Saturday, May 31, 2014

Friday, May 30, 2014

Kashmala Singing "Let It Go" from the Movie Frozen

In case you don't know Kashmala, she's my now 4-year-old niece. I'm crazy about her in every way and have been writing about her since the seconds she was born (I was there during her birth - that's a funny story I'll share when I'm 52 years old, God willing).

She and I both LOVE the movie "Frozen." Naturally, our favorite character is Olaf, but Kashmala also admires Elsa, especially for her powers. (I won't mention that she also wishes she were Elsa because Elsa is beautiful, and as a feminist, I find that an appalling wish, so I'm currently trying to figure out how the heck to deal with that. But more on little girls wanting to be princesses and all another time.) She's always singing "Let It Go" everywhere we go, and people always find it adorable :) I don't blame them. The thing is, though, that when she's away from the camera, signing to herself and not to the camera, she dramatizes every line so impeccably, even almost faking a tear or so at "And it looks like, I'm the queen." But I'm proud of the following as well. God grant this girl a beautiful, happy, and safe life, aameen!

Enjoy! :)

Thursday, May 29, 2014

"'We Don't Sleep Around Like White Girls Do'": Yen Le Espiritu's article on Filipina Immigrants in the U.S.

Continuing our discussion on migration from last week.

This was part of a response paper, in my migration class last semester, to "'We Don't Sleep Around Like White Girls Do': Family,  Culture, and Gender in Filipina American Lives" (Chapter 13) by Yen Le Espiritu in Gender and U.S. Immigration: Contemporary Trends (ed. Pierrette Hondagneu-Sotelo).

Espiritu surveys Filipino parents and children about gender and sexuality issues in their construction of the self against the Western white other through conversations with the discussants about identity, migration, gender and sexuality, and gendered expectations from family. 

What “American” Means to Filipina (and Pakistani) Immigrants 

Tuesday, May 27, 2014

The Elliot Rodger Incident: the actual problem (misogyny)

In December 2012, when a female was gang raped in New Delhi, India, the western media immediately declared (gang) rape the tragedy of Indian women. CNN talked about "the perils of being a woman in India", and India earned a reputation of being "the worst country in the world for women."

Yes, women in India get raped - but they also get raped (and killed for being women) elsewhere as well, including and especially in the U.S. But there's something unacceptably arrogant about the U.S. media that completely denies that rape is a problem in the U.S., or that misogyny is a disease and we need to eliminate both from our society (I propose we start with eradicating misogyny, and the end of rape will follow!).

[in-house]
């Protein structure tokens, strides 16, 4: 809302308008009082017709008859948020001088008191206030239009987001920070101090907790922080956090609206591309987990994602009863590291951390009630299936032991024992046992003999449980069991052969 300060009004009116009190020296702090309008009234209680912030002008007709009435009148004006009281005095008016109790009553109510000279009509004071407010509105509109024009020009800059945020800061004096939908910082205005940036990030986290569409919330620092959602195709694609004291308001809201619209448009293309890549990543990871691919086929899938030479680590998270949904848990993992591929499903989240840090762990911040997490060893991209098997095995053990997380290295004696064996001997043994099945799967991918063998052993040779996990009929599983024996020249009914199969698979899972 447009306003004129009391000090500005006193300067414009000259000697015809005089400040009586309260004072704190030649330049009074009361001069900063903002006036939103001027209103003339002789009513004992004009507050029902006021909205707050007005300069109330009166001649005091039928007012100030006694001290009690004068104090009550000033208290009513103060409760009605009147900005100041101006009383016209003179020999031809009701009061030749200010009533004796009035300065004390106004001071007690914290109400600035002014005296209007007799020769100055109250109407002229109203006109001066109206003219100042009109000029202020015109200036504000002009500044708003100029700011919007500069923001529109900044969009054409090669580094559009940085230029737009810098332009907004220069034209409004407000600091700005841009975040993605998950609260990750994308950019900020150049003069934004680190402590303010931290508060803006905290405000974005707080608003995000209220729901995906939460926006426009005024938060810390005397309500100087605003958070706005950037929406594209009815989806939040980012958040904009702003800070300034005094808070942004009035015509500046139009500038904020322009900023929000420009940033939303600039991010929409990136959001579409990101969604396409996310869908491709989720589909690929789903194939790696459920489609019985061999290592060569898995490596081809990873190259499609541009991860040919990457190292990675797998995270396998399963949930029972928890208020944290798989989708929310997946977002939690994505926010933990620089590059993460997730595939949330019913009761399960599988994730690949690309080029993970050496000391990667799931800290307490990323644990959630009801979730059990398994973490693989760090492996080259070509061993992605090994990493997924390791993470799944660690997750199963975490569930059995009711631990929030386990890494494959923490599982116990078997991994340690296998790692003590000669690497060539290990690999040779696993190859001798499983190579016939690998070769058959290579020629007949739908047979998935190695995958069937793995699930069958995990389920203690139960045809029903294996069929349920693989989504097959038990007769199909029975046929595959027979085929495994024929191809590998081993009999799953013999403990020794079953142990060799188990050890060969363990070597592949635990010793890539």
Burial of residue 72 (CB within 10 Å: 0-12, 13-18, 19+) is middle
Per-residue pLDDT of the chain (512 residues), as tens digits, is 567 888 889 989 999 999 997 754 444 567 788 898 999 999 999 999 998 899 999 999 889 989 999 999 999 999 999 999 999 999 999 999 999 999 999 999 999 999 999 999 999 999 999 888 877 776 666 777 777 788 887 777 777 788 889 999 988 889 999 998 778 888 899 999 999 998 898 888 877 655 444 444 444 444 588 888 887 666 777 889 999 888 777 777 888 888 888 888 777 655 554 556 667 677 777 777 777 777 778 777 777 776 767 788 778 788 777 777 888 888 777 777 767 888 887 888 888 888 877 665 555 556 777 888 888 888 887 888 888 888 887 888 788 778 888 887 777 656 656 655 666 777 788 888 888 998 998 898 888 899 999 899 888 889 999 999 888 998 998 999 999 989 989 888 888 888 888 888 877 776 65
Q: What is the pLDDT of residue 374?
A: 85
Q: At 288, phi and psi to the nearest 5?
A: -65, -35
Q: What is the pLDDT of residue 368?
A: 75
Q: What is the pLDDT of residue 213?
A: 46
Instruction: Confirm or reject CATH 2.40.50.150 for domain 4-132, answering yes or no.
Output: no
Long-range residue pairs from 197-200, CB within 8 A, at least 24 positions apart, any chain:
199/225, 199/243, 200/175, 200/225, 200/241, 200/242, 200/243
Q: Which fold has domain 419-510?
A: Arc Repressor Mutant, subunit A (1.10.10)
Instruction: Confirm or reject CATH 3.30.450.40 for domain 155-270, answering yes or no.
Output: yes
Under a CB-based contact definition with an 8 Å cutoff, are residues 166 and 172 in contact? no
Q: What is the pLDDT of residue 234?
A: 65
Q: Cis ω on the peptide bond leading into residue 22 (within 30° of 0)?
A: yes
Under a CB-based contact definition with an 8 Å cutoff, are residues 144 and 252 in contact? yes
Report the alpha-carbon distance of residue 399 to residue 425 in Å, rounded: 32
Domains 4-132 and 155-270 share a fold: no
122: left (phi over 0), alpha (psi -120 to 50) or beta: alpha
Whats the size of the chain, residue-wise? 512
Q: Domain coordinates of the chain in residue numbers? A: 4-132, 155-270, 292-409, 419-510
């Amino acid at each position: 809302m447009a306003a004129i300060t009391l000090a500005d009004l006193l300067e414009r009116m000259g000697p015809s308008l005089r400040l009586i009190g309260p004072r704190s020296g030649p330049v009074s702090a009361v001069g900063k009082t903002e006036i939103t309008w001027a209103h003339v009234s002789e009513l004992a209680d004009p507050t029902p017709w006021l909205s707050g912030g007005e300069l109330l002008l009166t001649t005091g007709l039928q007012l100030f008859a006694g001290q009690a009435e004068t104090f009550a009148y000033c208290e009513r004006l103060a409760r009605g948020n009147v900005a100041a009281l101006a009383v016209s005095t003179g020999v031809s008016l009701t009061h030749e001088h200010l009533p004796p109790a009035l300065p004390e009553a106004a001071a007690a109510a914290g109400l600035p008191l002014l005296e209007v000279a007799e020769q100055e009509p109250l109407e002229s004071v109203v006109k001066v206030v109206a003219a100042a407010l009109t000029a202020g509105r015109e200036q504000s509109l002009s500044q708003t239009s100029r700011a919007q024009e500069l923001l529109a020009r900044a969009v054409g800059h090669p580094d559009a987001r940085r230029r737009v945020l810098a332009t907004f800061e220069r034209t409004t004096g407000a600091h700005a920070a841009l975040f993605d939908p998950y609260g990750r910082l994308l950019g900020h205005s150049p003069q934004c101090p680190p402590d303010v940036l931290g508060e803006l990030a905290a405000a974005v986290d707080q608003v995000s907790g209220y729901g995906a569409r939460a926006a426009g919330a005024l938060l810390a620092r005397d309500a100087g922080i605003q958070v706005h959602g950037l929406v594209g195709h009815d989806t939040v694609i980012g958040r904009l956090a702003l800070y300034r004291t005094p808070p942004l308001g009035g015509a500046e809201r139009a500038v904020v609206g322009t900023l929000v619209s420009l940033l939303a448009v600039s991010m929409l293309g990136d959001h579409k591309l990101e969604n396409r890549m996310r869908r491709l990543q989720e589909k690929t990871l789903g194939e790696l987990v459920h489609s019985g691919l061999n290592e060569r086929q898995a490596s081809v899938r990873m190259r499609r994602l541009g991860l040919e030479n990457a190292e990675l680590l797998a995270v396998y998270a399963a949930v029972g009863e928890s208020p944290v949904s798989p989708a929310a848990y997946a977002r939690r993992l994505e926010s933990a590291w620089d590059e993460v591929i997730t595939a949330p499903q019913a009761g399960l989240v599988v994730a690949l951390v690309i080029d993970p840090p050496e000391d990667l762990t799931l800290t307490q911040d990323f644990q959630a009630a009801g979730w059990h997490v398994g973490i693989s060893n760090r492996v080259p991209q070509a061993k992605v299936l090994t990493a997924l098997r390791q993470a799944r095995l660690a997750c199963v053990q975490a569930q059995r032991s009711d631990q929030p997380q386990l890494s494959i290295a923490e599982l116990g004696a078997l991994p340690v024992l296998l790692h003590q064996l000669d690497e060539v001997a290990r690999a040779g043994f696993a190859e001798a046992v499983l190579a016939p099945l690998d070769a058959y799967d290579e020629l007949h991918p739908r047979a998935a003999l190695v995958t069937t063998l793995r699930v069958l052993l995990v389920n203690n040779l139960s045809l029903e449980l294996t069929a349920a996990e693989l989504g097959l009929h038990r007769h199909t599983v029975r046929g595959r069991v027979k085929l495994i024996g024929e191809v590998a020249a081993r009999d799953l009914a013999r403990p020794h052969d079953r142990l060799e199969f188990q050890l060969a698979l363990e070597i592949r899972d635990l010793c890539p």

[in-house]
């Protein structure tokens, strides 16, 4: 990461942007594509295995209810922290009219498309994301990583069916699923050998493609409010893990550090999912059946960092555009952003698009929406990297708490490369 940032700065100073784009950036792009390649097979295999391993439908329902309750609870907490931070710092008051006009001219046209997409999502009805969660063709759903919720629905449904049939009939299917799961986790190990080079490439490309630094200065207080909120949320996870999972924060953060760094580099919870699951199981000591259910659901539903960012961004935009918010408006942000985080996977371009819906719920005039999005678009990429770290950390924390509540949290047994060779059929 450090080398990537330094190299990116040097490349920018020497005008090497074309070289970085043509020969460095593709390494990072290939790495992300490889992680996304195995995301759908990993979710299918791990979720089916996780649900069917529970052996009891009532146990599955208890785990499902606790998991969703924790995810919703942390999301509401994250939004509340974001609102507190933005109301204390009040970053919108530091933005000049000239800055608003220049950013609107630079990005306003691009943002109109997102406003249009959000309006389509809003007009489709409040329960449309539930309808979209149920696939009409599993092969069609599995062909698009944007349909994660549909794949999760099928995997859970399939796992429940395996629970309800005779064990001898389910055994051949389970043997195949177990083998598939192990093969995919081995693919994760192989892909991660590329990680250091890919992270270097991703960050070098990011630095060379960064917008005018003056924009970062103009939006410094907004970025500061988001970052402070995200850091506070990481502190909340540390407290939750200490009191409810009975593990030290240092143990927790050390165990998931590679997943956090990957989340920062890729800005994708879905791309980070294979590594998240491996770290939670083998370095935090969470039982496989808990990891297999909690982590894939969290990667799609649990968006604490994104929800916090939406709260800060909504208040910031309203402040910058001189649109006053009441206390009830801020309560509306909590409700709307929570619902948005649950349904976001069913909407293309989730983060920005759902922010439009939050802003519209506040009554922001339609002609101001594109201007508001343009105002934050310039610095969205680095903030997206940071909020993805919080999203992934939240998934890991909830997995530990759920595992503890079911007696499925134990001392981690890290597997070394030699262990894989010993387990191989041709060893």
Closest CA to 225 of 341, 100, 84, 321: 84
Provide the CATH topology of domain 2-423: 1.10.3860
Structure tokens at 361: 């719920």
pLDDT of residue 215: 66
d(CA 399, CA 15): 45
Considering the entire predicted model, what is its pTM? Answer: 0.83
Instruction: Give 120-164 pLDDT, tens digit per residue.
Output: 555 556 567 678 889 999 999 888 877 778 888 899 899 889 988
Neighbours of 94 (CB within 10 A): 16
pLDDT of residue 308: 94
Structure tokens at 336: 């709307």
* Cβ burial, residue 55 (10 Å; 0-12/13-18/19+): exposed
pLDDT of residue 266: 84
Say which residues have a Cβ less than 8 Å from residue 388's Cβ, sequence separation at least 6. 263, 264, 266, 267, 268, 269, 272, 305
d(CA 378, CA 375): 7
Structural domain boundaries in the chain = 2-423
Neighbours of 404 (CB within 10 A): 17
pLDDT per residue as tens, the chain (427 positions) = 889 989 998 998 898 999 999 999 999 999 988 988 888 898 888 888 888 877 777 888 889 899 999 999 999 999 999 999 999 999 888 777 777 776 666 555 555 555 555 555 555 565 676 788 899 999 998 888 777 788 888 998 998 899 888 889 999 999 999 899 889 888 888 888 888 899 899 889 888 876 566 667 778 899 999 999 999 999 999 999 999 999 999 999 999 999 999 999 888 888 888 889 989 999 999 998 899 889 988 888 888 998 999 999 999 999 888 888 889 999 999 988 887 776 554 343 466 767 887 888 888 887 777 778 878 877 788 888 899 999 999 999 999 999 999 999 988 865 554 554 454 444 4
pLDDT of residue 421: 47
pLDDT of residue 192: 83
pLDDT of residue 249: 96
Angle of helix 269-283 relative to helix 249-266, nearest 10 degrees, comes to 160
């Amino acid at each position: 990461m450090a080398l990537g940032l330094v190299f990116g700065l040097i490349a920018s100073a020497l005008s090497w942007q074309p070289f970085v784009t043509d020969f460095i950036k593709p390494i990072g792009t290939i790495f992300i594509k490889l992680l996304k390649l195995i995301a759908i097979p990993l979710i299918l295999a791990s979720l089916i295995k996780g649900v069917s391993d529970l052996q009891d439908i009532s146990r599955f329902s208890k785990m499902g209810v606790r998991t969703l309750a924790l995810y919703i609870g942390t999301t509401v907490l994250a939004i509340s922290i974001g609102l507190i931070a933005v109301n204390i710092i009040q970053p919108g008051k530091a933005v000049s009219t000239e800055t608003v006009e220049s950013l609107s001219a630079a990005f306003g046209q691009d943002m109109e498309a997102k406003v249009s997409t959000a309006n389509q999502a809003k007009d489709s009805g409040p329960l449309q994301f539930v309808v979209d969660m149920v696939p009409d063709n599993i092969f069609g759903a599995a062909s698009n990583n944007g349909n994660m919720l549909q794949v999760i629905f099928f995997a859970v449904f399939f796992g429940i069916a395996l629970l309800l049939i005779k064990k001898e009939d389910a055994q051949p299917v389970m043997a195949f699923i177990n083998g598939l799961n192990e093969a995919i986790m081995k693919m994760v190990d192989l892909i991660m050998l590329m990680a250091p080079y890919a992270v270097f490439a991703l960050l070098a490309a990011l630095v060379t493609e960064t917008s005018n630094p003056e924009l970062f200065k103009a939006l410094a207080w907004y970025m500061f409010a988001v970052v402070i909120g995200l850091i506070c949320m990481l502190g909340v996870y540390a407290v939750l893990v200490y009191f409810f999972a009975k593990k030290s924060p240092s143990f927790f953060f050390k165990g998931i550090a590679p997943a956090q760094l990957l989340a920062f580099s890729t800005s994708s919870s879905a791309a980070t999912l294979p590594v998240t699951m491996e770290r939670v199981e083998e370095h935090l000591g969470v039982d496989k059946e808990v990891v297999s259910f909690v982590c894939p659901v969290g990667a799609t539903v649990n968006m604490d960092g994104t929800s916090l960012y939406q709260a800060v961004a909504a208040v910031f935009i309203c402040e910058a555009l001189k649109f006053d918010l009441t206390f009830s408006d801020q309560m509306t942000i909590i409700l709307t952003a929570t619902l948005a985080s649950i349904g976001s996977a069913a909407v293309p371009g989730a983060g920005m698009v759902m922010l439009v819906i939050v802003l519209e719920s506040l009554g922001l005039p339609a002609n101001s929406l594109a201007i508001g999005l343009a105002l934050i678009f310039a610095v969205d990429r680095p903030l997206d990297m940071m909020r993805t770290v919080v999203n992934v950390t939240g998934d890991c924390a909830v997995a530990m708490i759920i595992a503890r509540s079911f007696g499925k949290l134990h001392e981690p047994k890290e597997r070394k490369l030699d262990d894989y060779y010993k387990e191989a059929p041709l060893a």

Another "poor, helpless white man needing mental help" goes on a shooting spree in America

Three days ago, 22-year-old Elliot Rodger of Santa Barbara decided to go kill every girl who would potentially have refused him sex based on his past experiences. These were hot blonde girls. Six girls were killed And, by the way, Fox News tells us that Rodger's possible homosexual inclinations are what caused him to shoot all those women. (Thanks, Fox - I don't know why *I* didn't think of this obvious possibility!)

Instead, what the media prefers to talk about is--and get ready for this--gun control. If only he didn't have access to a gun, he wouldn't have killed all those women, right? And, of course, we're being told he had mental issues. I saw a tweet earlier that so beautifully captures the problem with the way our media talks about all these white male shooters:

Sunday, May 25, 2014

What It's Like Being an Immigrant

-->An excerpt from a "response paper" for my Migration class last semester. (See more here.)

Lately, I've been thinking a lot about what it's like being an immigrant in the U.S., not just for me but for my parents and other immigrants as well. Screwed up immigration policies aside (which I'll write about another time), I want to talk here instead about the sacrifices that the generation that's migrating and their children, if they have any, have to make and what kind of hell that's like. Our folks "back home" don't really get this, and neither do non-migrants around us. So let's hope this helps. Also, please bear in mind that this may not be every immigrant's experience. It certainly is mine and that of the ones I know. In the migration class, a lot of the students were first or second generation immigrants like me, and we often shared our experiences and reflections on immigration, the whole "back home" stuff, our families, and so on; not all could relate to my experience in the same way that I couldn't always relate to everyone's there. (They were also mostly Hispanics.)

Saturday, May 24, 2014

On Gender and Migration - a class response paper

Pre-Post: Sorry about the crazy font below, guys! I'm not sure why Blogger does this. It happens whenever I paste something from MS Word.

Last semester, I took a class on migration, and every other week, we had to submit a response to some segment of the readings to our instructor (God grant him good health, peace, and happiness - he's a great person and teacher! PLUS! When I missed a class after my grandpa's passing and I shared thoughts of the death with him, he told me, "He was lucky to have had you as a granddaughter." This man is a good man.)

Anyway, so here's a response to one of the readings. The books I'm talking about are The Migration Reader: Exploring Politics and Policies edited by Anthony Messina and Gallya Lahav & Gender and U.S. Immigration: Contemporary Trends edited by Pierrette Hondagneu-Sotelo (specifically, Chapter Two in the book, titled "Engendering Migration Studies: The Case of New Immigrants in the United States" by Patricia Pessar). These response papers are intended to help us understand our own research, and I'm not going to paste the whole thing - just the more general parts. I'll share more in time.

Saturday, May 17, 2014

On the Whole Geo "Blasphemy" and Veena Malik Ordeal

So, apparently, Veena Malik is in trouble again with Pakistan and Pakistanis. (Why does Pakistan keep embarrassing itself? STOP IT! I'm tired of being embarrassed for you, fatherland!)

Thursday, May 15, 2014

Dealing with "Our Men Don't Marry Women Who Are 'Too Educated' And Travel."

As some of you might've read on my blog, I'm going to Oman this summer. (I try to go each summer to study Arabic in the Arab world.) I love traveling, and I intend to do it for the rest of my life, inshaAllah. I believe that if you have the means and time to do it, everyone should do it because it's a beautiful thing. It changes you in a good way, makes you a better person, makes you see people differently. Makes you more tolerant of diversity.